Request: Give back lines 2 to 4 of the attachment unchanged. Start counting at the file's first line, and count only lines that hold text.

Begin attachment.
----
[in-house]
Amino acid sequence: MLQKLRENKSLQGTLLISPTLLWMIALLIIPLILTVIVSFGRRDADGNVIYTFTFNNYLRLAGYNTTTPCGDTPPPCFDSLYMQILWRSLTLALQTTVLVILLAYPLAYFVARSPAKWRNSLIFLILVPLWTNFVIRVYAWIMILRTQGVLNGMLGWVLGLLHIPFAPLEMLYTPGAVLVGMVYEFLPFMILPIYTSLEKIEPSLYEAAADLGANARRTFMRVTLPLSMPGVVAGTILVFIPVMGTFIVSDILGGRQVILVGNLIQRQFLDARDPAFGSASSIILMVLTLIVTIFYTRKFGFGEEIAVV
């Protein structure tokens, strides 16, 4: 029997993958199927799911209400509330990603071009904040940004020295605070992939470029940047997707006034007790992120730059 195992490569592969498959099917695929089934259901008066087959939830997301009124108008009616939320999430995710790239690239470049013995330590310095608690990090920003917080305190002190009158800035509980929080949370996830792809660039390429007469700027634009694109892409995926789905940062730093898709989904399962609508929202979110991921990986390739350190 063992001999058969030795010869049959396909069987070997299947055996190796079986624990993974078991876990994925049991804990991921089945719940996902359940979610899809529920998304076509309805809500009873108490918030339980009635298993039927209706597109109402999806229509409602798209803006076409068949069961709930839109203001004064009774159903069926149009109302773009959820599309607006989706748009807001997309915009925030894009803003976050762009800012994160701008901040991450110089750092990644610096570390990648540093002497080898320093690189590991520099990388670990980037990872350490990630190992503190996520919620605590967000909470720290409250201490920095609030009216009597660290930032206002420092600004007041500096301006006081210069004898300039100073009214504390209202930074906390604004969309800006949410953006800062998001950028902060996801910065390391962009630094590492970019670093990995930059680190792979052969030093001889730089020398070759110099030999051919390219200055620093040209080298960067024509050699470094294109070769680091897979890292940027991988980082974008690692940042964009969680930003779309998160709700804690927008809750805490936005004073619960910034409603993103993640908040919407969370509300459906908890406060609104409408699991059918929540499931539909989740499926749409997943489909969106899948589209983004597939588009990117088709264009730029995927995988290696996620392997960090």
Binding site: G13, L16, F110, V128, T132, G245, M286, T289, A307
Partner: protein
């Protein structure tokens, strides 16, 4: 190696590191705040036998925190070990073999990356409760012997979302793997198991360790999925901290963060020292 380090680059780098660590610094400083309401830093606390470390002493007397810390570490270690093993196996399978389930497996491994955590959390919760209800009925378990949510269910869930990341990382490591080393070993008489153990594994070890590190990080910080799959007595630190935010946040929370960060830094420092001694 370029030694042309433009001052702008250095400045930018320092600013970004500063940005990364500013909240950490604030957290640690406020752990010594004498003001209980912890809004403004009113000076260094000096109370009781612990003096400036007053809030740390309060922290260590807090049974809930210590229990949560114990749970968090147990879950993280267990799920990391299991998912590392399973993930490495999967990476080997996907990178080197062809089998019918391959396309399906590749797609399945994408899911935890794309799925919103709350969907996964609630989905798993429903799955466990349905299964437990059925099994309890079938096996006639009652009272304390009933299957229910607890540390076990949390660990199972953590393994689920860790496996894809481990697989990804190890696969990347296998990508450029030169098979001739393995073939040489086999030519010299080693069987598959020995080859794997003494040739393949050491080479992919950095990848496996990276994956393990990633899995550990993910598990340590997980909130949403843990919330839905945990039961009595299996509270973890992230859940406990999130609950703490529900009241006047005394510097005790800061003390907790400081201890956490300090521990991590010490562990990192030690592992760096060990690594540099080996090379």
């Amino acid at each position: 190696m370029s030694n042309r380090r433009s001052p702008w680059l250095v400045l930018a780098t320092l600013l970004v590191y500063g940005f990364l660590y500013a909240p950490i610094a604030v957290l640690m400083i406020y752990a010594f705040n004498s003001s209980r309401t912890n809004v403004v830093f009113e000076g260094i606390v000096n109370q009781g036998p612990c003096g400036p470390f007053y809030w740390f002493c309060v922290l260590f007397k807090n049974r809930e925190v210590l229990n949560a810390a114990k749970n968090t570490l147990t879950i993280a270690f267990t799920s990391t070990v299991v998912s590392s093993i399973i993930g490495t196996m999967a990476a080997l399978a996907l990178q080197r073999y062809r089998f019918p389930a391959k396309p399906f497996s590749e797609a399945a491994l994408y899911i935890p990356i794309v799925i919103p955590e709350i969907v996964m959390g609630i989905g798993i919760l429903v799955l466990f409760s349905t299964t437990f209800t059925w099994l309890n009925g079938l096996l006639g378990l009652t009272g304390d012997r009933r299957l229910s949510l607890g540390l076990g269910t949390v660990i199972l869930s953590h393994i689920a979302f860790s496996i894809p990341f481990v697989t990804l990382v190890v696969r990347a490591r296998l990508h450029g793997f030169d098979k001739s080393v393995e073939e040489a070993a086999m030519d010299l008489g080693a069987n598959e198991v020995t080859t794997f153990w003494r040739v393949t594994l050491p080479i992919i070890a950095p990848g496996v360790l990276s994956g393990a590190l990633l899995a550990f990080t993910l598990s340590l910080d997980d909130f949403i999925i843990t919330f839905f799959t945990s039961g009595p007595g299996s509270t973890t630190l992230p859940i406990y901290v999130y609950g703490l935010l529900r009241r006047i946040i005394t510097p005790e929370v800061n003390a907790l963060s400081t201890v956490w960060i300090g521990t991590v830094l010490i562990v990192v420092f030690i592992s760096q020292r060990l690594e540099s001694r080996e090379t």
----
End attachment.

Amino acid sequence: MLQKLRENKSLQGTLLISPTLLWMIALLIIPLILTVIVSFGRRDADGNVIYTFTFNNYLRLAGYNTTTPCGDTPPPCFDSLYMQILWRSLTLALQTTVLVILLAYPLAYFVARSPAKWRNSLIFLILVPLWTNFVIRVYAWIMILRTQGVLNGMLGWVLGLLHIPFAPLEMLYTPGAVLVGMVYEFLPFMILPIYTSLEKIEPSLYEAAADLGANARRTFMRVTLPLSMPGVVAGTILVFIPVMGTFIVSDILGGRQVILVGNLIQRQFLDARDPAFGSASSIILMVLTLIVTIFYTRKFGFGEEIAVV
């Protein structure tokens, strides 16, 4: 029997993958199927799911209400509330990603071009904040940004020295605070992939470029940047997707006034007790992120730059 195992490569592969498959099917695929089934259901008066087959939830997301009124108008009616939320999430995710790239690239470049013995330590310095608690990090920003917080305190002190009158800035509980929080949370996830792809660039390429007469700027634009694109892409995926789905940062730093898709989904399962609508929202979110991921990986390739350190 063992001999058969030795010869049959396909069987070997299947055996190796079986624990993974078991876990994925049991804990991921089945719940996902359940979610899809529920998304076509309805809500009873108490918030339980009635298993039927209706597109109402999806229509409602798209803006076409068949069961709930839109203001004064009774159903069926149009109302773009959820599309607006989706748009807001997309915009925030894009803003976050762009800012994160701008901040991450110089750092990644610096570390990648540093002497080898320093690189590991520099990388670990980037990872350490990630190992503190996520919620605590967000909470720290409250201490920095609030009216009597660290930032206002420092600004007041500096301006006081210069004898300039100073009214504390209202930074906390604004969309800006949410953006800062998001950028902060996801910065390391962009630094590492970019670093990995930059680190792979052969030093001889730089020398070759110099030999051919390219200055620093040209080298960067024509050699470094294109070769680091897979890292940027991988980082974008690692940042964009969680930003779309998160709700804690927008809750805490936005004073619960910034409603993103993640908040919407969370509300459906908890406060609104409408699991059918929540499931539909989740499926749409997943489909969106899948589209983004597939588009990117088709264009730029995927995988290696996620392997960090």
Binding site: G13, L16, F110, V128, T132, G245, M286, T289, A307